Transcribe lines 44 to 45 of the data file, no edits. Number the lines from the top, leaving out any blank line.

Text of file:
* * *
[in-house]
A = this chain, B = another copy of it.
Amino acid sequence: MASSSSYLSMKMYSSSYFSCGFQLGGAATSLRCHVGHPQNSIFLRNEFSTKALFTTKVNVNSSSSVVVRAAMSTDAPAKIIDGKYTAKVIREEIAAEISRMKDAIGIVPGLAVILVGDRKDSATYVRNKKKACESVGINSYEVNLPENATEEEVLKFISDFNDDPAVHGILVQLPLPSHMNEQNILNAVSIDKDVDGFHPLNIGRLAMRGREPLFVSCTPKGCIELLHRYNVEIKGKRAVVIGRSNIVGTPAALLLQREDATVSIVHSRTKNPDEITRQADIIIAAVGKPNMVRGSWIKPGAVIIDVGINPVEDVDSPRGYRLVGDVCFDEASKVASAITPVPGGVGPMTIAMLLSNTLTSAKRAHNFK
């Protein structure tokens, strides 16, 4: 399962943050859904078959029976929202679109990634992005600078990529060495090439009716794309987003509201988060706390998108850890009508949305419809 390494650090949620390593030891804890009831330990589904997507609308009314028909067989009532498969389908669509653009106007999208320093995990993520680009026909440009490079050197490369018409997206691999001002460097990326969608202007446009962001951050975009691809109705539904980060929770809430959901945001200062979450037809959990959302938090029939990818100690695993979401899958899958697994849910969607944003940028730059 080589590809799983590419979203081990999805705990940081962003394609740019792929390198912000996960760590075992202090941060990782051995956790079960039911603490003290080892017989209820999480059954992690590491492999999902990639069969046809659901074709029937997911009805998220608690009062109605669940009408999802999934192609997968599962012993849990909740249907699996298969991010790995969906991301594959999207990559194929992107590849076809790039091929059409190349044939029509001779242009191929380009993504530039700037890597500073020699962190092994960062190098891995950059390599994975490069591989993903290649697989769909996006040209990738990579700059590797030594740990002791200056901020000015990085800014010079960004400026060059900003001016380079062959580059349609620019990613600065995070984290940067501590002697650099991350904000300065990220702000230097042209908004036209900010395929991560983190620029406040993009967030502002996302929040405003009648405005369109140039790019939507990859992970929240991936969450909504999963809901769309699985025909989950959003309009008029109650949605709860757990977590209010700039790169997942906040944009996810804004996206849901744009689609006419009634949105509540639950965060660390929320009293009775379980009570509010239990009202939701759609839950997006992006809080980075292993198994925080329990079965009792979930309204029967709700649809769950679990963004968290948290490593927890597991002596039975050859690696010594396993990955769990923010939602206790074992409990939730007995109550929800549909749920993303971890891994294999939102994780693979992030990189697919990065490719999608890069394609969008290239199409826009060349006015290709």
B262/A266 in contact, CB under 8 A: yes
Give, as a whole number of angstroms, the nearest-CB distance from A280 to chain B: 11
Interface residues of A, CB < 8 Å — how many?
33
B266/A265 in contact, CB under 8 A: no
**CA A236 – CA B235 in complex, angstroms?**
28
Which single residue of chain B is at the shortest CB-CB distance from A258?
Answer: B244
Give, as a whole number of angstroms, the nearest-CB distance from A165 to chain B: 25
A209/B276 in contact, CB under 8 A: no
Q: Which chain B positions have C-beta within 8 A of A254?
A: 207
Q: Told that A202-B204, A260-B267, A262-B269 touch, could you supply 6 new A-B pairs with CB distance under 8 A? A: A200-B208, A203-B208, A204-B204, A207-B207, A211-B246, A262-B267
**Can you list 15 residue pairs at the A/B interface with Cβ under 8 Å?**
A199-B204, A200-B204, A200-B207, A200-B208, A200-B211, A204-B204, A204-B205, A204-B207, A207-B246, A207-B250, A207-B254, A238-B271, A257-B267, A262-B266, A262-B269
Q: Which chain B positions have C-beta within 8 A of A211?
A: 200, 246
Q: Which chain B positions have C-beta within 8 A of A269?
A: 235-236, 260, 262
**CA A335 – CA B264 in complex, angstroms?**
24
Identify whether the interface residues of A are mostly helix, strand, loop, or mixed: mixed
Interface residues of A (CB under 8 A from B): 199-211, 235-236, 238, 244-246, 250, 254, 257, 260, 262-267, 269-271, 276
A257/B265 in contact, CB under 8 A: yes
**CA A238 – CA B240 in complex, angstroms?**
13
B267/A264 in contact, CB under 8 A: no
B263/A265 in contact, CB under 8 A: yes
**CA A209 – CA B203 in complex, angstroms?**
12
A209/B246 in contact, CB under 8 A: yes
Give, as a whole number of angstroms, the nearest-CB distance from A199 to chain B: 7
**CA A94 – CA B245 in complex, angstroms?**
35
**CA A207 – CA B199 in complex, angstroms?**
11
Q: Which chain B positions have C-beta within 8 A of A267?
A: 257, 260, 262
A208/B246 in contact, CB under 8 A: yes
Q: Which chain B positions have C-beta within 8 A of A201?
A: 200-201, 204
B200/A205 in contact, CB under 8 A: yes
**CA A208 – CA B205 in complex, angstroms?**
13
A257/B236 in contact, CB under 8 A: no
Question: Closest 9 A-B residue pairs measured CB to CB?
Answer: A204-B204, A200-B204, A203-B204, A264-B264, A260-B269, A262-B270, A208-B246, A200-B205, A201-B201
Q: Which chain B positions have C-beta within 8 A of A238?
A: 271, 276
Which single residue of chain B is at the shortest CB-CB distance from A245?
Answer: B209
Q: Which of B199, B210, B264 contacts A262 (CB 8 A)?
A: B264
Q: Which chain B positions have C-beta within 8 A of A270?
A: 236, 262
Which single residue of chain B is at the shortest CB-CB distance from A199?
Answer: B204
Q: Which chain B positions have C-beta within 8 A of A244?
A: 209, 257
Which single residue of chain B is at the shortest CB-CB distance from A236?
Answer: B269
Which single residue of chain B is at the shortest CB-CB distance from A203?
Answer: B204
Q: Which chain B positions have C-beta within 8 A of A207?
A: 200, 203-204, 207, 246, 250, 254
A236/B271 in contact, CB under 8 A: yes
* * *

A208/B246 in contact, CB under 8 A: yes
Q: Which chain B positions have C-beta within 8 A of A201?